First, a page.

This Canadian TV video recorded in the USA says about itself:
The ruins of Paradise: Inside the California fire zone | Dispatch
Nearly two weeks after California’s deadliest wildfire began, more than 500 people are still unaccounted for and more than 80 have been confirmed dead so far — a number that has been rising almost daily. CBC’s Briar Stewart takes us to the devastated town of Paradise, where people are bracing for rains that could bring a new danger to the region.
A statewide rainstorm which began Tuesday night has brought an end to the wildfire season in California and almost fully extinguished the Camp Fire, the deadliest and most destructive wildfire in state history. The rainstorm comes as a mixed blessing, as it both ends the wildfires and air pollution plaguing the state, while preparing the conditions for debris flows that could compound the dire situation facing homeless evacuees. Further, the rain will make it far more difficult to find the remains of those that died in the Camp Fire and will likely cause significant environmental damage throughout the region: here.
By Peter Frost in Britain:
Friday, November 23, 2018
Frosty’s Ramblings: California wildfire victims aren’t ‘all in it together’
Not all battles to save homes and people from the recent US forest fires are on an equal playing field, discovers PETER FROST
THE fast-moving fires in southern California driven by the relentless Santa Ana winds are truly terrifying and destructive. The one they call the Camp Fire north of Sacramento has killed nearly 60 people, injured three firefighters and destroyed at least 6,500 homes.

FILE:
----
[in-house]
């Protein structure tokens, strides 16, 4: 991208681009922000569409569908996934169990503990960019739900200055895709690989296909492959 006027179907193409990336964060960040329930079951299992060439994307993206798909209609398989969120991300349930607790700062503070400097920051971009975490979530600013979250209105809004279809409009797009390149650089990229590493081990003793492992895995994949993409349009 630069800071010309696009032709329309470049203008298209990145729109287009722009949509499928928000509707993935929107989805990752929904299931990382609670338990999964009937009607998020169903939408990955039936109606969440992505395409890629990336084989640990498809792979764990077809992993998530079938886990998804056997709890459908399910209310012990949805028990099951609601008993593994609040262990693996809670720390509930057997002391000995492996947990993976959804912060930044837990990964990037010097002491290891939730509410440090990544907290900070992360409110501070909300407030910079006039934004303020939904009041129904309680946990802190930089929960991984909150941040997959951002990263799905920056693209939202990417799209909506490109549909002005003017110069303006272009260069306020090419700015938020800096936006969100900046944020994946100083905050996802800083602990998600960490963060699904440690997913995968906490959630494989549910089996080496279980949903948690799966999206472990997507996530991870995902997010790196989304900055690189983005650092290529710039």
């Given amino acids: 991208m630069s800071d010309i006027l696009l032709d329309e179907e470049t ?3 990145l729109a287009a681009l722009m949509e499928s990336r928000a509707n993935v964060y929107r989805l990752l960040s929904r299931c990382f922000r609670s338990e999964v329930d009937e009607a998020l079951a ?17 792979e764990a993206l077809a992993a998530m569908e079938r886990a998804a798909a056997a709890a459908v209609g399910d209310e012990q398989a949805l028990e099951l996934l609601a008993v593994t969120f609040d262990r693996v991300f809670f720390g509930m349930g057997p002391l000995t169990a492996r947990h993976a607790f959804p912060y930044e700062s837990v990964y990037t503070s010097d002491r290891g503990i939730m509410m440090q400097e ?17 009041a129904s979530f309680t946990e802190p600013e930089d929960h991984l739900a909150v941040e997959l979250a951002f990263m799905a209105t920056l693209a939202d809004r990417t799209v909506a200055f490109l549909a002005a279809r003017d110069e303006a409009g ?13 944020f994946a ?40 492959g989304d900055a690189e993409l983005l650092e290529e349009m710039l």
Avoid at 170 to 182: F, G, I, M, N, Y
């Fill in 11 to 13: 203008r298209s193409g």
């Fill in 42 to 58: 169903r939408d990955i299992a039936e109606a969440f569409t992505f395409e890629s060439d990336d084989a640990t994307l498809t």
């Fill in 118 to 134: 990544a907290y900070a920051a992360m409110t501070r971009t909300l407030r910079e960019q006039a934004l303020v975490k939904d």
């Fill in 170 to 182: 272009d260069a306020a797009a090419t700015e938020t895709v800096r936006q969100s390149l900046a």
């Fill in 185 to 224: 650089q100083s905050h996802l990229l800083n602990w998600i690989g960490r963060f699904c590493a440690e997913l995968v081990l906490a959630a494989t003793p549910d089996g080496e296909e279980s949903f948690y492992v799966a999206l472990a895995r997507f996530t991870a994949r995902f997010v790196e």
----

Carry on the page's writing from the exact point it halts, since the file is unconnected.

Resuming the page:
After searching through the blackened aftermath of California’s deadliest wildfire, authorities believe that at least 1,000 people are unaccounted for and that total just keeps growing. Many of them are in their eighties and nineties living in pleasant forest retirement communities.
One problem is that wooden phone masts are being burnt down by the flames.
In a second fire 500 miles south, firefighters are battling another huge blaze known as the Woolsey Fire, where fortunately the number of deaths, injuries and people missing are much lower.
Wildfires have always been a normal feature of California’s and other US forest ecosystems, but a century of misguided fire suppression policies have led to massive build-ups of dead litter on the forest floor.
In the past regular smaller blazes would clean up this dry vegetation, reducing the fuel load that large wildfires use to spread. These new heavy build-ups have now led to wildfires burning hotter, faster and longer than ever.
I have actually experienced two forest fires in the US. One was in the vast Okefenokee Swamp on the state line between Florida and Georgia. The danger here is that the forest fires could have set alight the underlying peat in this amazing wetland, home to many exotic carnivorous pitcher plants.
In both of these fires the size, scale and sheer ferocity was truly terrifying, yet they were tiny in comparison with those hitting the headlines in California today.
We were warned to leave the campsites we were staying on in good time but we still had to drive through blazing areas of woodland and the thick smoke turned day to night even after we had driven many miles clear of the actual scene of the fires themselves. Neither fire was an experience I would like to repeat.
After those adventures I felt I had to learn about some of the factors making forest fires more common and more fierce. I have already talked about the prevention of smaller fires that keep the forest floor clear of fuel.